The Unbelievable Endeavor: Playing Doom Using Gut Bacteria

The Unbelievable Endeavor: Playing Doom Using Gut Bacteria

Is there any greater scientific endeavor than the unending quest to get Doom to run on everything? From teletext to pregnancy tests to tractors to literal rat brains in a jar, every time you think that we’ve exhausted the possibilities, someone finds a new way to play the seminal 30-year-old shooter on something new.

Enter our latest contender for the weirdest/most ingenious way to play Doom yet: using bacteria found in the gut. Specifically, a display made of E. coli bacteria. The enterprising setup comes from MIT biotechnology PhD student researcher Lauren “Ren” Ramlan, who created a 32×48 1-bit display made up of E. coli cells.

Bacteria as Pixels

Each cell effectively serves as an individual pixel by lighting them up as required using a fluorescent protein. It’s worth noting that Ramlan herself points out that “running” Doom using the cells would be an enormous undertaking due to their extremely limited ability. However, she did manage to successfully use the wall of cells as a display for Doom by rendering gameplay using the illuminated E. coli.

Don’t expect to go blasting cacodemons using the lining of your intestines anytime soon, though. For one thing, you’ll be waiting a while. In order to display one frame of the simplified black-and-white gameplay – at a resolution of 32×48 pixels – the cells took 70 minutes to illuminate and eight hours and 20 minutes to return to their starting state when they no longer needed to be illuminated.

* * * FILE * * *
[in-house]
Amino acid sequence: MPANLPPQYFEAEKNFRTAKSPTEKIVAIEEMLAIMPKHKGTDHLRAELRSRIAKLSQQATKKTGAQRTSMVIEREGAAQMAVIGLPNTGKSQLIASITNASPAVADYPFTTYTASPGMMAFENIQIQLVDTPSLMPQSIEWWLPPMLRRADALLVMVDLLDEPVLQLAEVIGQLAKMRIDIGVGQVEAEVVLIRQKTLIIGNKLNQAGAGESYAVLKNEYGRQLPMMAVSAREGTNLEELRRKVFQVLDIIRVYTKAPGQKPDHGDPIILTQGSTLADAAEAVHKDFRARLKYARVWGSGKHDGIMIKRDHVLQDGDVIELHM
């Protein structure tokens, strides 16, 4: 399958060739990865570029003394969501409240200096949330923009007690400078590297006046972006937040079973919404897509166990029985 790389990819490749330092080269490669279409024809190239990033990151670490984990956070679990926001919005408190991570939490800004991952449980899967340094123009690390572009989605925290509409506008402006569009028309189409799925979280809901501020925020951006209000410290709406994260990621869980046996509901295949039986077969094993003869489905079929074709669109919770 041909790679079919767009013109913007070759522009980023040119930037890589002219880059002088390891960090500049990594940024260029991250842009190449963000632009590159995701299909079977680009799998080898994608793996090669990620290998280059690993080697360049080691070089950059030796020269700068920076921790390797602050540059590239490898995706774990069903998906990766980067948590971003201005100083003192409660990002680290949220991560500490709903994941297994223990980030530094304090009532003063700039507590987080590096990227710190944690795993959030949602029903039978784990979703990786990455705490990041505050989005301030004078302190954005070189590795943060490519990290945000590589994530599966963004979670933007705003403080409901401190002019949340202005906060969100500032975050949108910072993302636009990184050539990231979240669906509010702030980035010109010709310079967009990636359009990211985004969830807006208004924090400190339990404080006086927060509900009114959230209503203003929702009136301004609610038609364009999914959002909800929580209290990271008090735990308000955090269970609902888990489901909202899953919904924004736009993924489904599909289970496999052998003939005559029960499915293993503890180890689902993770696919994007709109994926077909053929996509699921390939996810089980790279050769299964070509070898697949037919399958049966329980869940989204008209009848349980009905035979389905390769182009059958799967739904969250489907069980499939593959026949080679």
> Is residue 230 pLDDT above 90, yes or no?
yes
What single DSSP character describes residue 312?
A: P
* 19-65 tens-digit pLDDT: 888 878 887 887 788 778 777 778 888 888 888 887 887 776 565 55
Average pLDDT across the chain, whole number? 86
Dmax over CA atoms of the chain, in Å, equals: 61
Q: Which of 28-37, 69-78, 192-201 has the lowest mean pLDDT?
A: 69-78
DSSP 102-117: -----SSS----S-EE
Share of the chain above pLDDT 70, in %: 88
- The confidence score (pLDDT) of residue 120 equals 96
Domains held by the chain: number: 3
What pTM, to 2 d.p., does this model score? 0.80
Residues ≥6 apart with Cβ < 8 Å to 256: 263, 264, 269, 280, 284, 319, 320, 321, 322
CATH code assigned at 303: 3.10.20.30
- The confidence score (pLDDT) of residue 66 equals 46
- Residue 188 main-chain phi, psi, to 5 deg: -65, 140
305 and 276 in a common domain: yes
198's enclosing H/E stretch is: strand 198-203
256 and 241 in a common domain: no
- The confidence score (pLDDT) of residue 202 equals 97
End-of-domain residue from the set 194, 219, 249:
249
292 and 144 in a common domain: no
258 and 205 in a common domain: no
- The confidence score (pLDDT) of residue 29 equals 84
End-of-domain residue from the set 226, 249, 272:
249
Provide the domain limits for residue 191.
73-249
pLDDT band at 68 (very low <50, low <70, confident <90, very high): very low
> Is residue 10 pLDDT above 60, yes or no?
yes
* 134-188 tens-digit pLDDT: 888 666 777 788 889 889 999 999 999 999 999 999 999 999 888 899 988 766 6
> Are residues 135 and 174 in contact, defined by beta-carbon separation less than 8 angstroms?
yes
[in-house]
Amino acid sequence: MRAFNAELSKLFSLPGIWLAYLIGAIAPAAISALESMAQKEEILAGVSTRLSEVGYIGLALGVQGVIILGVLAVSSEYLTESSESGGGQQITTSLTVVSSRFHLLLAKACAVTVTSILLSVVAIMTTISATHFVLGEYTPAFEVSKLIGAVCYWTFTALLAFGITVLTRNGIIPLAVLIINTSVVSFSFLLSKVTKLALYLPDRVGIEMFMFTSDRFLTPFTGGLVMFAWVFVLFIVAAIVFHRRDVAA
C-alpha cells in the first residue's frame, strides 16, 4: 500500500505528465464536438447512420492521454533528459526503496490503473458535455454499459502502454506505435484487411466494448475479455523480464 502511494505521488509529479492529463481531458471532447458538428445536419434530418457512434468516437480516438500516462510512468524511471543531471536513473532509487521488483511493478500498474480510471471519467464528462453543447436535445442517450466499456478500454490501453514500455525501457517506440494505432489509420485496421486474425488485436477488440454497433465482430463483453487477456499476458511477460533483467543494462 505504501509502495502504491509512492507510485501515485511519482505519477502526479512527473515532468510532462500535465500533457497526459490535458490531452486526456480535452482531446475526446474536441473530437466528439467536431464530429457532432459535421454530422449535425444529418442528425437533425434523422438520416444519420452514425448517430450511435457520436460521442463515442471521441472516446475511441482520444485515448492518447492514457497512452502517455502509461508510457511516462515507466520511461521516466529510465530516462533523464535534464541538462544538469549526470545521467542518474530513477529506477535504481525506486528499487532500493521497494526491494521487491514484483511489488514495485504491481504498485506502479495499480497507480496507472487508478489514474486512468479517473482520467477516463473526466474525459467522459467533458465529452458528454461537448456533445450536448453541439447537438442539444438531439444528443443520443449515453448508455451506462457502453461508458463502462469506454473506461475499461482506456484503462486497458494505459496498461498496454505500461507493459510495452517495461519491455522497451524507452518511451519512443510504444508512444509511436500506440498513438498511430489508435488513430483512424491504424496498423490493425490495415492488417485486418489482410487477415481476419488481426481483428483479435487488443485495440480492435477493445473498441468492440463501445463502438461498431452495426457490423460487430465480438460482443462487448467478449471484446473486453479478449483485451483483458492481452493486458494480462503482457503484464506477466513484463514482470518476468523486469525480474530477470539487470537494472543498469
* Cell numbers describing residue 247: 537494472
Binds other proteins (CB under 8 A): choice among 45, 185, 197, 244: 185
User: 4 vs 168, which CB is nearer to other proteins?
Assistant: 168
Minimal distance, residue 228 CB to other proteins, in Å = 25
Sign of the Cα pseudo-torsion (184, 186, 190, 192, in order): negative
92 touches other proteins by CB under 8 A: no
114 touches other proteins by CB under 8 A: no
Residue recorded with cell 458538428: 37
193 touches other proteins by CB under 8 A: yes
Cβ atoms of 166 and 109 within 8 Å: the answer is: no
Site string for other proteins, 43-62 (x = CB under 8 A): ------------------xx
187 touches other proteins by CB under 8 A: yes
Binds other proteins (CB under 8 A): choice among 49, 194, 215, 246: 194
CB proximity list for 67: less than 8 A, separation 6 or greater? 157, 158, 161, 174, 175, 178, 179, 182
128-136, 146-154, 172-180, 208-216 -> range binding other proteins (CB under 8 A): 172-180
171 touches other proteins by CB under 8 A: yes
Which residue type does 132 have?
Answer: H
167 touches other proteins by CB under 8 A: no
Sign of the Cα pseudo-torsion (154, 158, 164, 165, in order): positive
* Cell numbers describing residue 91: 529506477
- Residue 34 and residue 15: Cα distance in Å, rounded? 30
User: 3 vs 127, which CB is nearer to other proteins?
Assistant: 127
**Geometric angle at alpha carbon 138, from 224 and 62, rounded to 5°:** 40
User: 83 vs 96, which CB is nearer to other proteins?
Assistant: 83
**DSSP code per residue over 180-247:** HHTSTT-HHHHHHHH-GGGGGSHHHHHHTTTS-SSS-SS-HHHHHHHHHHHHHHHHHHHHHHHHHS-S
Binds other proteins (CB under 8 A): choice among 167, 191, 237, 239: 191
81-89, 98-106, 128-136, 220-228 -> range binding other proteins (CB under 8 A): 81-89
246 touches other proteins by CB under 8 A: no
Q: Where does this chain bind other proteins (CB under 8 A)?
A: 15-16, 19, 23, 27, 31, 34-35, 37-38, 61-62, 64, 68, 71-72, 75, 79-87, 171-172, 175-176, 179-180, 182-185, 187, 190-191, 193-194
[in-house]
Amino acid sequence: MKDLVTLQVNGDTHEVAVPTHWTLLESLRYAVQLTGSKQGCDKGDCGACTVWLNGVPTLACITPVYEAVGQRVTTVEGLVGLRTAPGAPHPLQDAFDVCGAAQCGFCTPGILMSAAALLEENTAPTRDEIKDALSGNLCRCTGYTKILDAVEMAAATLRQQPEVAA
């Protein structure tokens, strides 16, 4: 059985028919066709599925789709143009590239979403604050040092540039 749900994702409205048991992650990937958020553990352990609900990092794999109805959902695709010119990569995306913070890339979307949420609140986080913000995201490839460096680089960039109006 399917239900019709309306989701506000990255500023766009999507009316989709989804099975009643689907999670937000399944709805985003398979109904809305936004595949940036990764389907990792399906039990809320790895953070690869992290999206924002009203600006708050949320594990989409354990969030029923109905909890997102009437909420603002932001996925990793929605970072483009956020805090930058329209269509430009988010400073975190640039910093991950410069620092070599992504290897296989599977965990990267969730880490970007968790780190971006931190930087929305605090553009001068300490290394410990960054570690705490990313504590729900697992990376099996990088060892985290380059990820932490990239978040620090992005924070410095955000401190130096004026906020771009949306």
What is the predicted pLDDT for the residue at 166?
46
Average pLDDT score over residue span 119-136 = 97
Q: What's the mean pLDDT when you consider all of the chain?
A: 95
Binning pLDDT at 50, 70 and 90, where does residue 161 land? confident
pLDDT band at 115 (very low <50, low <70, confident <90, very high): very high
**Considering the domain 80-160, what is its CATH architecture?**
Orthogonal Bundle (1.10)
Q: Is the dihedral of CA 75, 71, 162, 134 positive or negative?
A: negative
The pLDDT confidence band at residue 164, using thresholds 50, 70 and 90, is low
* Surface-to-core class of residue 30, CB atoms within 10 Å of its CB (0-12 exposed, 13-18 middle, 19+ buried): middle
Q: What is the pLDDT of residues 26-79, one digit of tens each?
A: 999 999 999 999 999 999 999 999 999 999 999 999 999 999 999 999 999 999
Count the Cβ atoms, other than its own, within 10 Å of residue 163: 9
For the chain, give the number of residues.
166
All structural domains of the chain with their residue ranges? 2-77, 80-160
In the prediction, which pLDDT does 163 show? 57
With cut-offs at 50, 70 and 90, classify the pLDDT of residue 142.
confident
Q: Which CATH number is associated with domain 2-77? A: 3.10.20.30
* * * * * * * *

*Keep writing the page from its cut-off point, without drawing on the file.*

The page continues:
In other words, you’re looking at around eight and a half hours to display each individual frame of gameplay – something that makes even the worst framerates look like butter by comparison. If you’re wondering what that means in reality for trying to play Doom using a bunch of gut bacteria – if you happen to have some lying around – Ramlan helpfully did the math.

Time and Patience

If the average playthrough of Doom takes around five hours and the original game runs at 35 frames per second (its capped maximum), the cell display would therefore take 599 years to play Doom from start to finish. So there you have it: you can play Doom (or at least display it) using gut bacteria, but the performance is atrocious to say the least. Maybe stick to playing on your calculator for now.

The constant exploration and drive to push the boundaries of scientific possibilities manifest in astonishing ways. The use of gut bacteria to create a display for playing Doom is a testament to human ingenuity, although the practicality remains questionable. While the concept is undeniably intriguing, the immense time required to display just a single frame of gameplay makes it a truly impractical endeavor. Perhaps, for now, gamers are better off enjoying Doom through conventional means and leaving the gut bacteria for more meaningful scientific pursuits.

Gaming

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